It seems like I woke up one day about 6 months ago and realized that we had become an Apple family. I never had strong feelings one way or another in the Mac/PC debate but we were eventually won over by the products and we gradually made the switch. Once there I even read the Steve Jobs biography and like everyone else learned about the man, the brand and how they were one in the same.
I don’t have the direct quote but I remember reading that Jobs influenced the decision to market the products and the products alone. Starting with the iPod commercials with dancers in silhouette and the device and headphones in white to the product on black or white backgrounds with a hand interacting with the device. Even the initial Siri commercials only showed the actor’s mouths and not their entire faces. The product was the star.
Then I saw this during the Olympics.
A well made commercial, but it is a departure from the product focus. Apple has a great reputation for customer service and a genius has bailed me out of problems before, but the message is different.
Maybe this will work out fine for Apple and they are putting more emphasis on their retails stores. Whatever that doesn’t matter and after an observation I am out of my depth.
This has me thinking about the local church.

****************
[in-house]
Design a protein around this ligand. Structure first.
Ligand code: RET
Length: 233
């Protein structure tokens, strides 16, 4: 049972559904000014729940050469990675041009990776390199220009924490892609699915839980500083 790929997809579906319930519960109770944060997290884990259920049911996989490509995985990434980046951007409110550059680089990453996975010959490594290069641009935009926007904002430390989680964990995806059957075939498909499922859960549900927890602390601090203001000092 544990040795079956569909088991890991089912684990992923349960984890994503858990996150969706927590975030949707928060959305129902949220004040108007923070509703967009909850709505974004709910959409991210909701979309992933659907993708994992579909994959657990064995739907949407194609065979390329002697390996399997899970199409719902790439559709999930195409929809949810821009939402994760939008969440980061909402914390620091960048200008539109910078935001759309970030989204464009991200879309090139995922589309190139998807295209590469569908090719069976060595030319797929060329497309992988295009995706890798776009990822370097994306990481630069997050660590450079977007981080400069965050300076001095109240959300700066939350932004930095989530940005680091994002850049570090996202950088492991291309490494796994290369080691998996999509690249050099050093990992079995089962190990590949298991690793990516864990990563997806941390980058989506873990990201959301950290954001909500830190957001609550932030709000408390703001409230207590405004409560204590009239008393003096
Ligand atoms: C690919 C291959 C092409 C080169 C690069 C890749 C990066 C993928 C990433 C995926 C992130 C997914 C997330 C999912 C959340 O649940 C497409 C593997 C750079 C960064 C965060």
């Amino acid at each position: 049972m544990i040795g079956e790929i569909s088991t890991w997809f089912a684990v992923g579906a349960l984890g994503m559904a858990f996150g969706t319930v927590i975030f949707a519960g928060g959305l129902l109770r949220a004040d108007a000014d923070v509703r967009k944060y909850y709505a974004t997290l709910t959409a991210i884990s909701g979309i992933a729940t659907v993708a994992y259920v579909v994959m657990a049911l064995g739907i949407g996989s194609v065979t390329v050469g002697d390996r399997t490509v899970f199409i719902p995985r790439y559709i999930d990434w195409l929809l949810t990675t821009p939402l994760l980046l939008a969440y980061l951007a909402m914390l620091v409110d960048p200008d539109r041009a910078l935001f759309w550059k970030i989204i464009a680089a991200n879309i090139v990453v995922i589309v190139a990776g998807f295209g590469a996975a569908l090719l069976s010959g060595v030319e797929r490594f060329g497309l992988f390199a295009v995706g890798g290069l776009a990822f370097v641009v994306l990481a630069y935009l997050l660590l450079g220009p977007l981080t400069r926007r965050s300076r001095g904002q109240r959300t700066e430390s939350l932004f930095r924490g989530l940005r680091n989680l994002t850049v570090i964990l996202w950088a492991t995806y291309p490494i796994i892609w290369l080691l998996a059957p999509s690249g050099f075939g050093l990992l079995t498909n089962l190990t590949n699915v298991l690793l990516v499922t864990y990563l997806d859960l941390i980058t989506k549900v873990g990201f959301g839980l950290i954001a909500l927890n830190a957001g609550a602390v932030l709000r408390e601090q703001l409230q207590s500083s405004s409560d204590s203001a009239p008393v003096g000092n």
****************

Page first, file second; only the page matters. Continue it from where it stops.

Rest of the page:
We try to do a lot of different things that I would consider secondary purposes. Allowing the community to use your space, affinity groups, youth and adult athletic leagues, education, social services, concerts, etc. None of these things are inherently bad and can be gateways into the primary purpose of the local church, that being the Gospel, but ultimately they are secondary.
It is so easy to for leaders to get focused on the secondary things and allow building use or activity to become the tail that wags the dog. When we don’t have a clear articulation of our primary purpose we can lose sight and can be bogged down with good things. Presenting the Gospel and living out the Kingdom is going to look different for each local church. It falls to leaders to seek this specific identity out.
Call it vision or purpose or mission or whatever leaders have to know it, understand it, and beat the drum for it.
No leader ever sets out to become distracted and dilute the message. It happens because of repeated small decisions that cause drift and distraction.
Figure out who you are and do whatever you have to do to keep that out front.